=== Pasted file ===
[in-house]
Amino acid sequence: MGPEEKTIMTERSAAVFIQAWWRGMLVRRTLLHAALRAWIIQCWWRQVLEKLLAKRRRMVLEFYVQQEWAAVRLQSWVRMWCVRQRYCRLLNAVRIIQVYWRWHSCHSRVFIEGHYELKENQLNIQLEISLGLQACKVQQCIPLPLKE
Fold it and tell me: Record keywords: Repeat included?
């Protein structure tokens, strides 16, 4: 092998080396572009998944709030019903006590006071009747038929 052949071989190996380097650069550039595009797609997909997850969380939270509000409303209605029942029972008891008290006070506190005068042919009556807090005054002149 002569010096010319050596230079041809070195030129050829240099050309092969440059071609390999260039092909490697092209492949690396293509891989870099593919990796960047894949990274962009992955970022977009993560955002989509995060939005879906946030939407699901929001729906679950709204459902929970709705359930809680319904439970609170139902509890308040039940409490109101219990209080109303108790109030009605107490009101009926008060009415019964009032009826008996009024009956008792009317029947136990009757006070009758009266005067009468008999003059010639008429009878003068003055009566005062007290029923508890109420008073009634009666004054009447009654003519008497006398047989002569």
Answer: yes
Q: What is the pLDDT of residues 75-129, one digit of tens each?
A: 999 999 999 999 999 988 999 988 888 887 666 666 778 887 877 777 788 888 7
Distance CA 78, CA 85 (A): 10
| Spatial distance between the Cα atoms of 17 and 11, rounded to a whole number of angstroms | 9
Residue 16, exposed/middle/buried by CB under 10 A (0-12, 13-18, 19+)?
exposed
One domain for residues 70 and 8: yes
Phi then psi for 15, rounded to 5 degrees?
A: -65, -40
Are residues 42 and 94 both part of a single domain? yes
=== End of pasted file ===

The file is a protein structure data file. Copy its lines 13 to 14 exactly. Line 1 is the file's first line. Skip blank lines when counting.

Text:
Phi then psi for 15, rounded to 5 degrees?
A: -65, -40